One factor, I believe, is that drivers are more distracted:  If I had a nickel for every time I saw someone looking at a screen instead of the street, I could rescue Mavic.  I have also experienced increasing hostilty from drivers, who sometimes resent cyclists whom they see as privileged, entitled or any other negative stereotype you've heard about milennials. (All right, I still don't see what's the big deal about avocado toast.)  Moreover, at the risk of seeming as if I'm stereotyping, I think that the rise of Uber, Lyft and other ride-share companies has put more reckless or simply bad drivers, and unsafe cars, on the road.

During the COVID-19 pandemic, most streets have been blissfully free of traffic. So, it will be interesting to see how statistics from March and April of this year compare with the same months of recent years.  Will there be fewer injuries and fatalities?  And, if there are, will the unfortunate "normal" levels return once traffic becomes as dense as it was before the shutdowns?

Then again, I wonder whether traffic will return to previous levels.  Some companies might decide that people who are working from home can continue to do so--or that they don't need those employees after all.  If that happens, I hope all of those newly-displaced workers don't become Uber or Lyft drivers!

11 May 2020

Acceptable Behavior During A Pandemic

As of today, the two countries with the most COVID-19 cases are...the United States and the United Kingdom.

Does that mean speaking English is a risk factor?*

Seriously, as some countries relax their restrictions and others impose new ones (or re-impose ones they'd just struck down), people debate about what constitutes acceptable public behavior during the pandemic.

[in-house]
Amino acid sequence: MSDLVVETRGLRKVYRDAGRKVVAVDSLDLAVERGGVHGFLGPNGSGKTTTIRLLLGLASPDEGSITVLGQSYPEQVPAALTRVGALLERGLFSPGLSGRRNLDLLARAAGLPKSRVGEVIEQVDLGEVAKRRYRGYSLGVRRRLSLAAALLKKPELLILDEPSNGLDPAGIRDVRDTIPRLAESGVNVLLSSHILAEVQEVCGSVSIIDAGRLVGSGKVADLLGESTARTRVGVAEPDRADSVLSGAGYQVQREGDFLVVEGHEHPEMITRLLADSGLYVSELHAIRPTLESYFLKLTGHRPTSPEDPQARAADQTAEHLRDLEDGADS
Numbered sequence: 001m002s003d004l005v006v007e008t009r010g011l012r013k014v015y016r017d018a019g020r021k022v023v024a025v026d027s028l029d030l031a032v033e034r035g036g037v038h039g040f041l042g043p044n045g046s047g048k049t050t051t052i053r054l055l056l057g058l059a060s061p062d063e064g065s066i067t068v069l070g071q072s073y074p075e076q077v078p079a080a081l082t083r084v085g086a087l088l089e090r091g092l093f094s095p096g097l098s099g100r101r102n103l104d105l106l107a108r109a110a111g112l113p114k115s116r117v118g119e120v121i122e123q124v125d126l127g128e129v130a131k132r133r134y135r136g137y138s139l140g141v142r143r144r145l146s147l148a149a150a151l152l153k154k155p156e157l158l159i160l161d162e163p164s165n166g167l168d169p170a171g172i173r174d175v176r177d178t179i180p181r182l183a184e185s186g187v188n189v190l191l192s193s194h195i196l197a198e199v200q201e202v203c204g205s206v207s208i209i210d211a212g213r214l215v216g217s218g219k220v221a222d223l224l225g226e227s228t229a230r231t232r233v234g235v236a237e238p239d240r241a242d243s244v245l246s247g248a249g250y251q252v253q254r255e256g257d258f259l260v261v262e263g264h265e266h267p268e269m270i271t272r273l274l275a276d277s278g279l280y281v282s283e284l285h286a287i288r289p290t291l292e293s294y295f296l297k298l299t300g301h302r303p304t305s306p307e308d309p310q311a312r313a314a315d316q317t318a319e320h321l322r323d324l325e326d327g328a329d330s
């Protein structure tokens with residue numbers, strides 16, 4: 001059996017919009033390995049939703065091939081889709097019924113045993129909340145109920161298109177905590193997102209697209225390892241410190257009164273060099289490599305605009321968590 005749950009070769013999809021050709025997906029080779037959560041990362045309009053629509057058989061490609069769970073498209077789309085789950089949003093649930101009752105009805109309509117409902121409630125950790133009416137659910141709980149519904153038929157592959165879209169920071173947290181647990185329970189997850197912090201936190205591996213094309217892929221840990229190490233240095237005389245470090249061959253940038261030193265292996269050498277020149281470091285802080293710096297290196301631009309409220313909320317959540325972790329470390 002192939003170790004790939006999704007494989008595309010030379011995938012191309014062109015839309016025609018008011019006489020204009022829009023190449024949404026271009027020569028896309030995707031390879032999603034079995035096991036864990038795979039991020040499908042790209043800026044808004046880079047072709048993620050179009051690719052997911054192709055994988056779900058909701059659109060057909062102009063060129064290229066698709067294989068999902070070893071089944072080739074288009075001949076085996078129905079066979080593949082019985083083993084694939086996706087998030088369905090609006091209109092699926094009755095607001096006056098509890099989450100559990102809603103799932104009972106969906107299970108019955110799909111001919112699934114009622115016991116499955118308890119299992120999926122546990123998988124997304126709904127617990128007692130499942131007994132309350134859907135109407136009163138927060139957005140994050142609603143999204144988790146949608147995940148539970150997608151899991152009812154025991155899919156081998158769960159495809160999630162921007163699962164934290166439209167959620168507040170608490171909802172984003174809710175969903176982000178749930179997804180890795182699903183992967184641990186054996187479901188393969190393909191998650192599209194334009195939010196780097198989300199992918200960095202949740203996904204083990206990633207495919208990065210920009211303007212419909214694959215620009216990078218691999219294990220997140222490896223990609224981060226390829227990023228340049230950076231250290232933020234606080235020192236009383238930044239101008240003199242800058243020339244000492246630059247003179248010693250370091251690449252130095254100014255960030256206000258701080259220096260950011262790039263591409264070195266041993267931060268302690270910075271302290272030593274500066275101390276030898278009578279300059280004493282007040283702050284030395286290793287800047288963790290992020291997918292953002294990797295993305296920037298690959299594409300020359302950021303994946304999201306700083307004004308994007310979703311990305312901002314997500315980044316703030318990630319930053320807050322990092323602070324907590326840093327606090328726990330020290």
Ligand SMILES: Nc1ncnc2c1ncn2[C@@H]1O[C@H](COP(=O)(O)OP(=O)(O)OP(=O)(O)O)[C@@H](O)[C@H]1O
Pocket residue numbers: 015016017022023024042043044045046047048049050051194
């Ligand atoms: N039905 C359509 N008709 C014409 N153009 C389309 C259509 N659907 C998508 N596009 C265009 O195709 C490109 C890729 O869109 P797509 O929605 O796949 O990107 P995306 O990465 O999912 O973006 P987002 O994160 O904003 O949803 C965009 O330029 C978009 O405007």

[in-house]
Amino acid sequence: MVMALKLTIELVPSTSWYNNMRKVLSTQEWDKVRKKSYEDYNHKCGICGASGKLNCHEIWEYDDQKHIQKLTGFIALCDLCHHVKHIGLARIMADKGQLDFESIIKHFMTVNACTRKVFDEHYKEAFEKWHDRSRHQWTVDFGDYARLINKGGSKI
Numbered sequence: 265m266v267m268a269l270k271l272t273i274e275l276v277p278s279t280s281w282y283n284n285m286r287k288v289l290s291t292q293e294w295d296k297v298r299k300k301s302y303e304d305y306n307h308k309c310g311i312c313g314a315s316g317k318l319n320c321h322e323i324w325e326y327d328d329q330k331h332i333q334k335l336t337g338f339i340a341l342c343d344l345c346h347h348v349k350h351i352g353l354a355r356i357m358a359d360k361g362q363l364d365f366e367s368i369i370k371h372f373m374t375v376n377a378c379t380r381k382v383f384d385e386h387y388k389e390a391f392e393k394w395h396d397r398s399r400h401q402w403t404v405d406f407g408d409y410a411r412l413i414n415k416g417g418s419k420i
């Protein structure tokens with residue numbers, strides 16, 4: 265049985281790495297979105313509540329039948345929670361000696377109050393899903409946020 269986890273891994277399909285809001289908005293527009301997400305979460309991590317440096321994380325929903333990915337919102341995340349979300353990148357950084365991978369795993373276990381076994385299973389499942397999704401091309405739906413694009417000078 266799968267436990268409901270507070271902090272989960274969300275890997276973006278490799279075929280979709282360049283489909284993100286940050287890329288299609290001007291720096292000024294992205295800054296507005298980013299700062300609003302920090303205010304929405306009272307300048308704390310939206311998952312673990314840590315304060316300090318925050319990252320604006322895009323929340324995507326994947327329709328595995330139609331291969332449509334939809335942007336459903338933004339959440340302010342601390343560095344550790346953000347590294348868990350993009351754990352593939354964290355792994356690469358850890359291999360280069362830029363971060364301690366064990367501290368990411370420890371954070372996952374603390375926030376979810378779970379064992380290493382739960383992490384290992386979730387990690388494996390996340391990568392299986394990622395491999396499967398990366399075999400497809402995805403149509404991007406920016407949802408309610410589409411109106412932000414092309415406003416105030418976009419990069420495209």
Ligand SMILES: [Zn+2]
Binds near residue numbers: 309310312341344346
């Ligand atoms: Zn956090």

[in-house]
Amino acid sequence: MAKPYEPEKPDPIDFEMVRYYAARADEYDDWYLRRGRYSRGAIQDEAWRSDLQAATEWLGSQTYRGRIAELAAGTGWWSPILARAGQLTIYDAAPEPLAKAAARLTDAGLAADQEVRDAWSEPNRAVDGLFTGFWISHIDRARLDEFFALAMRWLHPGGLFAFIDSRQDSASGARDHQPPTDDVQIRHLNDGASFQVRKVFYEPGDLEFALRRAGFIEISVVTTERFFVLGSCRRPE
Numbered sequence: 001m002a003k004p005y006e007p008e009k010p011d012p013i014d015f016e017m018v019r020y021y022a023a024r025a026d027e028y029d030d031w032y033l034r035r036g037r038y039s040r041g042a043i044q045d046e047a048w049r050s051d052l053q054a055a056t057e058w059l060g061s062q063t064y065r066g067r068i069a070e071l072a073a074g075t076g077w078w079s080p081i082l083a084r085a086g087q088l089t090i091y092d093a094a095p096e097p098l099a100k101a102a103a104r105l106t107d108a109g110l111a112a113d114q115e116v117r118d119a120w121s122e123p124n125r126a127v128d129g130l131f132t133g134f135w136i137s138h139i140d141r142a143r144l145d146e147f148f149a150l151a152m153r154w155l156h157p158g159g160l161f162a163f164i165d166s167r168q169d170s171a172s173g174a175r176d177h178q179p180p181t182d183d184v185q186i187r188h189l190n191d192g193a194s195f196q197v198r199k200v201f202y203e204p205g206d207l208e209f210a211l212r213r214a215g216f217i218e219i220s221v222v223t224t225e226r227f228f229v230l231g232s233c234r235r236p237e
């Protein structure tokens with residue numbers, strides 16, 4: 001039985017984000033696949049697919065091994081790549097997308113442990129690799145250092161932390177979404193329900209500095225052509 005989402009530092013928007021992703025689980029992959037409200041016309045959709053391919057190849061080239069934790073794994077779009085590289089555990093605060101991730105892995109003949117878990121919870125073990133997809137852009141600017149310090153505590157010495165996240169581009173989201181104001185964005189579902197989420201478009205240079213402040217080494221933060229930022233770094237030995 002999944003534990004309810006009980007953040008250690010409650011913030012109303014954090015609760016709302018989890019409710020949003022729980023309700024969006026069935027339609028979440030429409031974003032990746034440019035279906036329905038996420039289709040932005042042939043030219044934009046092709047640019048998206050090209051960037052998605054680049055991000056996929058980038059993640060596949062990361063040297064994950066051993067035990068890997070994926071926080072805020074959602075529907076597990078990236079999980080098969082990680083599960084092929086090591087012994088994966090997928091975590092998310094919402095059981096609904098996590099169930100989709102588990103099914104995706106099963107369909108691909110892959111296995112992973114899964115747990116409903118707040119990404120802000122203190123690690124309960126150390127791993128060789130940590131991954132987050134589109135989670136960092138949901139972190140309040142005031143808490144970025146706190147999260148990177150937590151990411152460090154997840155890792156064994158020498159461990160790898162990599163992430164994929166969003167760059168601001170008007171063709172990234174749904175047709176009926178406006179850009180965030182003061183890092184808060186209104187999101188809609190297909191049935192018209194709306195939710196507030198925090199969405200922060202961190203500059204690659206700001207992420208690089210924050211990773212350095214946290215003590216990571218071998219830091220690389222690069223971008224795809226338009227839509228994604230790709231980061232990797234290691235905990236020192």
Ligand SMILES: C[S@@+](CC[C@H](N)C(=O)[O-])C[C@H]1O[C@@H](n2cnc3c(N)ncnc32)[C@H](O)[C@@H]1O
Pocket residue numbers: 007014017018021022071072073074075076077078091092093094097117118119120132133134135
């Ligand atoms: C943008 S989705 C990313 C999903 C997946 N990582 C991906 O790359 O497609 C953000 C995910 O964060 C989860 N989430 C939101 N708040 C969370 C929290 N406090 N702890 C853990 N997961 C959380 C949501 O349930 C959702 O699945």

Thankfully, cycling not been prohibited here in New York or, to my knowledge, any place else in the United States besides Puerto Rico.  Really, as long as we keep our "social distance" (two meters or 6 feet) and don't spit or fling our sweat, we really don't pose any more a risk than, say, someone walking a dog or pushing a shopping cart full of toilet paper.  

On the other hand, what's allowed in public parks or beaches--if they're open--varies widely.  One of the big debates in places like Florida seems to be whether sunbathing should be allowed. When restrictions were imposed here in the Big Apple, they included a prohibition against basking in solar refulgence.  At the time, they seemed academic because, well, March weather in the Rockaways is, shall we say, a bit different from conditions that prevail in Ormond Beach.  

Actually, our winter was quite mild right up to the end, with scarcely any snow.  Some of us have joked that just we can't tell one day from another, thanks to lockdowns, we also can't distinguish one season from the next.  

So how do you know whether or not to sunbathe, if it's allowed?

This woman seems not to care.  The funny thing is that while some people weren't keeping their social distance from each other, I am the only one who broke that protocol with this sunbather.

To be fair, she's reposing in an intersection near Court Square in Long Island City.  Not many people walk by and because it's near entrance ramps for the 59th Street Bridge and the Brooklyn-Queens Expressway, cars don't stop or slow down.  I think only I, in the course of yesterday's ride, stopped to see her.

She wasn't worried:  She knew I wouldn't admonish her for sunbathing--or social distance.  Perhaps she knows that cyclists aren't judgmental, except toward other cyclists who aren't wearing or riding what they "should".

At the end of my ride, I met with someone who prefers the warmth of a human body to that of the sun.

*--I ask this question in jest, of course!